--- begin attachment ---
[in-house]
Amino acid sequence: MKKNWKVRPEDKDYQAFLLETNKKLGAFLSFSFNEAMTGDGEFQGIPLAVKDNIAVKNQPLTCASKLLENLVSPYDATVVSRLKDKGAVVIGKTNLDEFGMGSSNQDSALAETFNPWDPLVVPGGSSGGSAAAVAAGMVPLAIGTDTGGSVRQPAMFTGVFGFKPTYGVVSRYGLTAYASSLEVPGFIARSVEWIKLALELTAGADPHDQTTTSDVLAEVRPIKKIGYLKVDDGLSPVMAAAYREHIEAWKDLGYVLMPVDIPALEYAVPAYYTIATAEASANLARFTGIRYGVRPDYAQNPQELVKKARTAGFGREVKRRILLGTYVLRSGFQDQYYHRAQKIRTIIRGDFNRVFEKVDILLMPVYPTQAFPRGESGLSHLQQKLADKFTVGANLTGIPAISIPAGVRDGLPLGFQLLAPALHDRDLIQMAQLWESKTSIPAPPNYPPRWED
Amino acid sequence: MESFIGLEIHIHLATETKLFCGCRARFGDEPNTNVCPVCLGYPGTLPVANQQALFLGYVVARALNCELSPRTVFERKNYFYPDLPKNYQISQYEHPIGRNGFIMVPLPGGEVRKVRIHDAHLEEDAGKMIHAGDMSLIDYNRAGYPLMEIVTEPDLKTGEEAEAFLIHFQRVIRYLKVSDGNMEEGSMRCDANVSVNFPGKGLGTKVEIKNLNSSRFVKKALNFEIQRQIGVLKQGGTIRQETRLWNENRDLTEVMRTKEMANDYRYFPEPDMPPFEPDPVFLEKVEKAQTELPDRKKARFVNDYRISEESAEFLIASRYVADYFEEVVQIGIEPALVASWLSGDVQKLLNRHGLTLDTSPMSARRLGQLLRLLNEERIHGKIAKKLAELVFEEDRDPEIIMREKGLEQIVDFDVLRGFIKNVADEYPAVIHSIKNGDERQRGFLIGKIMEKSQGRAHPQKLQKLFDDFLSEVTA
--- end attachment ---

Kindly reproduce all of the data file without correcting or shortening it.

[in-house]
Amino acid sequence: MKKNWKVRPEDKDYQAFLLETNKKLGAFLSFSFNEAMTGDGEFQGIPLAVKDNIAVKNQPLTCASKLLENLVSPYDATVVSRLKDKGAVVIGKTNLDEFGMGSSNQDSALAETFNPWDPLVVPGGSSGGSAAAVAAGMVPLAIGTDTGGSVRQPAMFTGVFGFKPTYGVVSRYGLTAYASSLEVPGFIARSVEWIKLALELTAGADPHDQTTTSDVLAEVRPIKKIGYLKVDDGLSPVMAAAYREHIEAWKDLGYVLMPVDIPALEYAVPAYYTIATAEASANLARFTGIRYGVRPDYAQNPQELVKKARTAGFGREVKRRILLGTYVLRSGFQDQYYHRAQKIRTIIRGDFNRVFEKVDILLMPVYPTQAFPRGESGLSHLQQKLADKFTVGANLTGIPAISIPAGVRDGLPLGFQLLAPALHDRDLIQMAQLWESKTSIPAPPNYPPRWED
Amino acid sequence: MESFIGLEIHIHLATETKLFCGCRARFGDEPNTNVCPVCLGYPGTLPVANQQALFLGYVVARALNCELSPRTVFERKNYFYPDLPKNYQISQYEHPIGRNGFIMVPLPGGEVRKVRIHDAHLEEDAGKMIHAGDMSLIDYNRAGYPLMEIVTEPDLKTGEEAEAFLIHFQRVIRYLKVSDGNMEEGSMRCDANVSVNFPGKGLGTKVEIKNLNSSRFVKKALNFEIQRQIGVLKQGGTIRQETRLWNENRDLTEVMRTKEMANDYRYFPEPDMPPFEPDPVFLEKVEKAQTELPDRKKARFVNDYRISEESAEFLIASRYVADYFEEVVQIGIEPALVASWLSGDVQKLLNRHGLTLDTSPMSARRLGQLLRLLNEERIHGKIAKKLAELVFEEDRDPEIIMREKGLEQIVDFDVLRGFIKNVADEYPAVIHSIKNGDERQRGFLIGKIMEKSQGRAHPQKLQKLFDDFLSEVTA